It was the end of a three-day binge of invention in March 2009. Bre Pettis, Zach Hoeken Smith and Adam Mayer had locked themselves in a bare cement room in Downtown Brooklyn pretty much around the clock. No one was hollering Eureka; they had to chase screws that rolled under the table.
They were building a three-dimensional printer, a machine that works like an inkjet printer except that it squirts molten plastic, not ink. The layers of plastic rise into almost any shape — bolts, tools, toys — based on digital models sent to the printer from a computer.
“We were making a machine that makes things,” Mr. Pettis said. “We’d say to people: ‘Right now, you can download books and movies. Someday you’re going to be able to download things.’ ”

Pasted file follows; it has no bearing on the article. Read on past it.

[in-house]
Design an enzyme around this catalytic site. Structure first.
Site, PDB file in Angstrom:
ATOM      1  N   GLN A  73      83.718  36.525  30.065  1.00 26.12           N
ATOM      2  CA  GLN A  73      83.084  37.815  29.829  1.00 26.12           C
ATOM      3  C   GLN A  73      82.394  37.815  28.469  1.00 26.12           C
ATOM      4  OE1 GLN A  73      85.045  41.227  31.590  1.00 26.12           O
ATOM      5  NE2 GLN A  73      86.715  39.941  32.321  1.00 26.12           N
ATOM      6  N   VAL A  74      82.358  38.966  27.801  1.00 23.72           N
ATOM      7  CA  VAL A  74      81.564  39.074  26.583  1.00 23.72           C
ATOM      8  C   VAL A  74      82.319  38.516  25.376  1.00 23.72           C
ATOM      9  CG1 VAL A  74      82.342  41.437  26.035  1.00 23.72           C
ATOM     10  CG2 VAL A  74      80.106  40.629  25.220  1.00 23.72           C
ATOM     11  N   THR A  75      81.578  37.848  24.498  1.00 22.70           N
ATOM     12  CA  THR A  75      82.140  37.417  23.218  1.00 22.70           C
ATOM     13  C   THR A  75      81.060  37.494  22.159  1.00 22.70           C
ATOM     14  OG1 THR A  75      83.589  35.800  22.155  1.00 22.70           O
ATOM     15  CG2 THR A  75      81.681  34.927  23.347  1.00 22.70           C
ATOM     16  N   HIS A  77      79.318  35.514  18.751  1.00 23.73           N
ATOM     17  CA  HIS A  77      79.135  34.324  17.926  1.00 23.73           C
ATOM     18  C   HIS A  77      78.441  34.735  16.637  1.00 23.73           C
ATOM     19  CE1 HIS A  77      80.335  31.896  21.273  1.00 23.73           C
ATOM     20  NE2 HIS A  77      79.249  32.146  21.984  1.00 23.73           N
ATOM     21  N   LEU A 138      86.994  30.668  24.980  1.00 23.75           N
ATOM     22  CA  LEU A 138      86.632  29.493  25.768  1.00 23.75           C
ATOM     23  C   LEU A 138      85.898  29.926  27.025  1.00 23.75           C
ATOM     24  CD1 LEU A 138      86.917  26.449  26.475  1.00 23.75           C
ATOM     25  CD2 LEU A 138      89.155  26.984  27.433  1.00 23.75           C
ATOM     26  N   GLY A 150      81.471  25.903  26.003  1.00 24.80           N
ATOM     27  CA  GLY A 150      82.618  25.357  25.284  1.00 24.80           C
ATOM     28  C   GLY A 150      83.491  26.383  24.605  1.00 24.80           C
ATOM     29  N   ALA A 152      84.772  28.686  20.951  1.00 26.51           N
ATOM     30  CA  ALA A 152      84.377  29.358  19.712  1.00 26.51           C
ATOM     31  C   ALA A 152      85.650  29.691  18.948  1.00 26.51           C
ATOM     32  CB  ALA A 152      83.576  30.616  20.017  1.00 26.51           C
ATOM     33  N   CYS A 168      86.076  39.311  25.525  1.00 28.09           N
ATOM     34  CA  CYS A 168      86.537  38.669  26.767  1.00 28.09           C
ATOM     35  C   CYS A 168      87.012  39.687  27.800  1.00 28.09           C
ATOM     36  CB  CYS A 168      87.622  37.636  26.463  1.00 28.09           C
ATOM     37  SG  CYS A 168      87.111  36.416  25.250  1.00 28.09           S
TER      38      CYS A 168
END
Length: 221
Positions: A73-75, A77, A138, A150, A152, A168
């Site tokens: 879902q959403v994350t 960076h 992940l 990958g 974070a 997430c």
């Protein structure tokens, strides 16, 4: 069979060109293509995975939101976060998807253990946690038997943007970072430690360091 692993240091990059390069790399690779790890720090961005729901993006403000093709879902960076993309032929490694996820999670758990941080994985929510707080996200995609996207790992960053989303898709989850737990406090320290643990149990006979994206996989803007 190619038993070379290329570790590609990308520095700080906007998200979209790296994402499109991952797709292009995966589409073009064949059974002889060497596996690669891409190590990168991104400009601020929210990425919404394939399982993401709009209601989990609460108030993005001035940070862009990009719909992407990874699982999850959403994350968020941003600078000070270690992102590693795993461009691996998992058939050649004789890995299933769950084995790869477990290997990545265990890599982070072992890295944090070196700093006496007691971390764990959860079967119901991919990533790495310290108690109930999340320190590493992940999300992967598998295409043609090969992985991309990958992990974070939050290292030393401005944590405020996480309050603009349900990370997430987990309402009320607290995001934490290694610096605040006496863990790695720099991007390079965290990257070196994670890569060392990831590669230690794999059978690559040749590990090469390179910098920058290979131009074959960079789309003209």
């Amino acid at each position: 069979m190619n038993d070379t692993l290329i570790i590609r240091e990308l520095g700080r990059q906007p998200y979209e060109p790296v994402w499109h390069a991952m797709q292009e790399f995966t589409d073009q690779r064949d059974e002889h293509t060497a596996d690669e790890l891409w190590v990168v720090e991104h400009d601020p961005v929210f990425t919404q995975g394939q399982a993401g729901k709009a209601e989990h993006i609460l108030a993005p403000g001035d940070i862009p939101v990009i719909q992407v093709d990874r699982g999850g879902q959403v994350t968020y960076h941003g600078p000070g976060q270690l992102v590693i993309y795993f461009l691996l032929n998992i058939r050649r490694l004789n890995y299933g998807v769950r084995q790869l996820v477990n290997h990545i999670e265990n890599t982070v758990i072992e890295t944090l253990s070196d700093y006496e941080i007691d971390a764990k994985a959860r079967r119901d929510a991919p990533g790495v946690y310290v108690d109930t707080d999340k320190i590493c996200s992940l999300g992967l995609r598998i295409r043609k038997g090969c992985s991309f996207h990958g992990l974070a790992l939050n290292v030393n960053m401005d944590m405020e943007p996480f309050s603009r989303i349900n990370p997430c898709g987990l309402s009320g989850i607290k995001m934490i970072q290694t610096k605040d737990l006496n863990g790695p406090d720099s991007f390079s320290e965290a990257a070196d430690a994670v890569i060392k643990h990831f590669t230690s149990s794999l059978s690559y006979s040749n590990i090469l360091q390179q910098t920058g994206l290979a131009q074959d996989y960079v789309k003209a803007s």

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To be fair, they didn’t actually “invent” this 3D printer…they took the open source RepRap project, re-skinned it and commercialized it. I’m not saying that it wasn’t a lot of work to do so or that they haven’t made some upgrades along the way, but it certainly seems that they aren’t necessarily giving attribution to the project & team whose shoulders they stood upon to get where they are.
@ruffus – that’s not true. the makerbot team always credits – what a journalist puts in isn’t always what the interviewees say, or the journalist just leave it out to make the article more “interesting”.